British Sea Power
The mighty British Sea Power light up Queen's Student Union
Great gigs seldom start out as inauspiciously as this. A wet Tuesday in Belfast, a show downsized from the Mandela Hall to the Speakeasy due to poor ticket sales and a PA that sounds positively tubercular as it struggles to support opening act the Panama Kings.
On such nights most bands in the midst of a major tour would be content to dash off the hits and be back in the van before breaking sweat. But nothing seems further from the minds of Brighton-based indie rockers British Sea Power who put in a sparkling performance that perfectly combines boundless energy, savvy pacing and a small arsenal of cracking tunes.
In the five years since the release of their debut record, The Decline of British Sea Power, BSP have specialised in arch laments for an apocryphal bygone age of TS Eliot, Woodbines and Field Marshal Montgomery, delivered over a curious mix of jangly Mersey beat pop and darker, more experimental soundscapes.
Live, BSP do nothing to dispel their carefully cultivated image as purveyors of unbridled English eccentricity. Frilly shirts and hob-nailed boots abound as the band perform amongst wooden owls, leafy branches and flags of non-existent countries - all the while a projector plays black and white films on the back wall.
After opening with the melodic ‘No Need to Cry’ from their latest release, the Mercury nominated Do You Like Rock Music?, the early portion of the set weaves old and new songs. ‘Waving Flags’, a paean to Eastern European migration delivered over swooning guitars, sits well alongside numbers like ‘Carrion’ ‘Remember Me’ and ‘North Hanging Rock’ – which the band admit to not having practised in months.
Given their arch lyrics, literary references and idiosyncratic appearance, it’s hardly surprising that BSP have built up a cult following among their reasonably small but, on tonight’s evidence, dedicated fans.
Large sections of the crowd mouth every word, and halfway through twigs – probably nicked from the trees outside the union – begin to appear at the front. Elsewhere, a homemade flag declaring ‘the Rise of Irish Sea Power’ is unfurled to the delight of many.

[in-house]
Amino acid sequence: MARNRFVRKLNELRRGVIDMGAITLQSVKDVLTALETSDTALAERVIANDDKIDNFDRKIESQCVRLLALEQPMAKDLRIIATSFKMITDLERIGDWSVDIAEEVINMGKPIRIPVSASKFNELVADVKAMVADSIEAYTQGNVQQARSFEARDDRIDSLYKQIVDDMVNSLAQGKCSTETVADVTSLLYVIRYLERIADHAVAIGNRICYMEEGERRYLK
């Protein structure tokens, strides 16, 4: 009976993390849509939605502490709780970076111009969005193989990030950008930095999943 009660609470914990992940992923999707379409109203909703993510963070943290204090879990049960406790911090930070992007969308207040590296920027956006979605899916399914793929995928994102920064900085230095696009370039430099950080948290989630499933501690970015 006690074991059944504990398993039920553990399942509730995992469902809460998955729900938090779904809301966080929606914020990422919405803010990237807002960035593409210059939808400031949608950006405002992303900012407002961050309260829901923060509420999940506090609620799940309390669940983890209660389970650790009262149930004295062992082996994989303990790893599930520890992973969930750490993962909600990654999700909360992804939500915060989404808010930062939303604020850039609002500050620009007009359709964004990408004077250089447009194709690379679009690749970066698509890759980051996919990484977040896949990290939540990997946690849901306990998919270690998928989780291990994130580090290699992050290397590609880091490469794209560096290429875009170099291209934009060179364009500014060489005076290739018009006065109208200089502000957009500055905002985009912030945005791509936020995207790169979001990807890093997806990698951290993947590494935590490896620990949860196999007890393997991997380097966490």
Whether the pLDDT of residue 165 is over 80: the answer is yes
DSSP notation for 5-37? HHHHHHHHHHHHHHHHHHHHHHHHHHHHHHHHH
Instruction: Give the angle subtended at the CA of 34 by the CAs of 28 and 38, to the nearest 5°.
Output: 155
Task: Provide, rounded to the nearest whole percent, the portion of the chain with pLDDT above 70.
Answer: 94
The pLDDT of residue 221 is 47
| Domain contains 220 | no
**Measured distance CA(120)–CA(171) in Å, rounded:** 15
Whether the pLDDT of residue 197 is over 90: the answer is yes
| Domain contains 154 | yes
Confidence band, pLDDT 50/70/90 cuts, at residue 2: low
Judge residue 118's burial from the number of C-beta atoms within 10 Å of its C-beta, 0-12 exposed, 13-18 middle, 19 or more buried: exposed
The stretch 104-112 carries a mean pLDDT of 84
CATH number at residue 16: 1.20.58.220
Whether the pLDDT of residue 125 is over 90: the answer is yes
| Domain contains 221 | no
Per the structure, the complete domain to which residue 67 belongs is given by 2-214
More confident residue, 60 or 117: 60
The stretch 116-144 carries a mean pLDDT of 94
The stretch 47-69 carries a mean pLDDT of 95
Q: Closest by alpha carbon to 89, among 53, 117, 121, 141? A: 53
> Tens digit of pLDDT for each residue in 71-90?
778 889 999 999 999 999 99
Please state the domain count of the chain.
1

The highlight of the set, a stirring cover of Boston band Galaxie 500’s ‘Tugboat’, is as unexpected as it is welcome (well by me and my girlfriend, at least). Where the original was sparse and pared down, BSP’s version oozes verve, and judging by the look of barely contained glee on vocalist Yan’s face when he sings its chorus of ‘It’s the place I want to be, it’s the place I’ll be happy’, he’s found his tugboat captain.
By the time the encore – which is to last over half an hour – starts, it’s clear that the band have been pacing themselves. Where they appeared distant and detached at the beginning of the set they are now animated and alive.
As ‘No Lucifer’ opens with its football terrace chant of ‘Easy, Easy, Easy’, a klaxon is wheeled to the front of the stage – but tonight its whirring call is not to the air raid shelter, but a signal for BSP to really let loose.
Simultaneously singer Yan and guitarist Noble climb the speaker stacks on either side at the front of the stage. Despite their best efforts, the bouncers – shock and bewilderment etched on their faces – are powerless to prevent Yan grabbing hold of the rafters, shimmying out into the middle of the beam and dangling his wiry frame above the crowd before walking – literally –across the audience.
Amid a wall of distortion and guitar fuzz, the band still manages to keep up a refrain of ‘well I hope you enjoyed the show’ as they begin to wreck havoc.
The bouncers are soon sent scrambling up the opposite speaker stack to prevent Noble executing what appears to be a handstand. Although they succeed, it isn’t long before both men are surfing across the crowd - the gig ends with both diving into the mass of people below.
Despite inclement conditions, the awesome might of British Sea Power has lit up the Speakeasy, as it doubtlessly will venues all across the empire.